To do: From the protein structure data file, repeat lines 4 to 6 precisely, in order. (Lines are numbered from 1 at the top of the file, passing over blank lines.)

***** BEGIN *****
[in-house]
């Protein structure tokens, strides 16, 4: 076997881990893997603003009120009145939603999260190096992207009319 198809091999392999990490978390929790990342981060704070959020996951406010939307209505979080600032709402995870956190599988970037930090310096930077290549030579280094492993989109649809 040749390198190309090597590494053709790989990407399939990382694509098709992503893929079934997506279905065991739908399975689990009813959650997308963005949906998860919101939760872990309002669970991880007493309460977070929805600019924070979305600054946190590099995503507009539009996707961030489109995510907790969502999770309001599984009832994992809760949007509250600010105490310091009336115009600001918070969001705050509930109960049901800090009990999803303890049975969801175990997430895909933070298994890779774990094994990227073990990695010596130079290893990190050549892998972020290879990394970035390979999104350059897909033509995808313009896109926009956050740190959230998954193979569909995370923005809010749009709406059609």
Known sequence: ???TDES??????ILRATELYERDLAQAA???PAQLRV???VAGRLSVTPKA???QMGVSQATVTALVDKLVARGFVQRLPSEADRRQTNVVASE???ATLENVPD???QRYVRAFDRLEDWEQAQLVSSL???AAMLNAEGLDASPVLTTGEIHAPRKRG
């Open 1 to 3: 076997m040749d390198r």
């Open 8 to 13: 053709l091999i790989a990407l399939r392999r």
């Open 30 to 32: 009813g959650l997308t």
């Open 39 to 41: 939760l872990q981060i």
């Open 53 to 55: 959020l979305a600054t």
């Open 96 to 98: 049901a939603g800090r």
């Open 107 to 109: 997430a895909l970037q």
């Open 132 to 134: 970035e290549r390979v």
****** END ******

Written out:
């Open 1 to 3: 076997m040749d390198r």
């Open 8 to 13: 053709l091999i790989a990407l399939r392999r």
């Open 30 to 32: 009813g959650l997308t």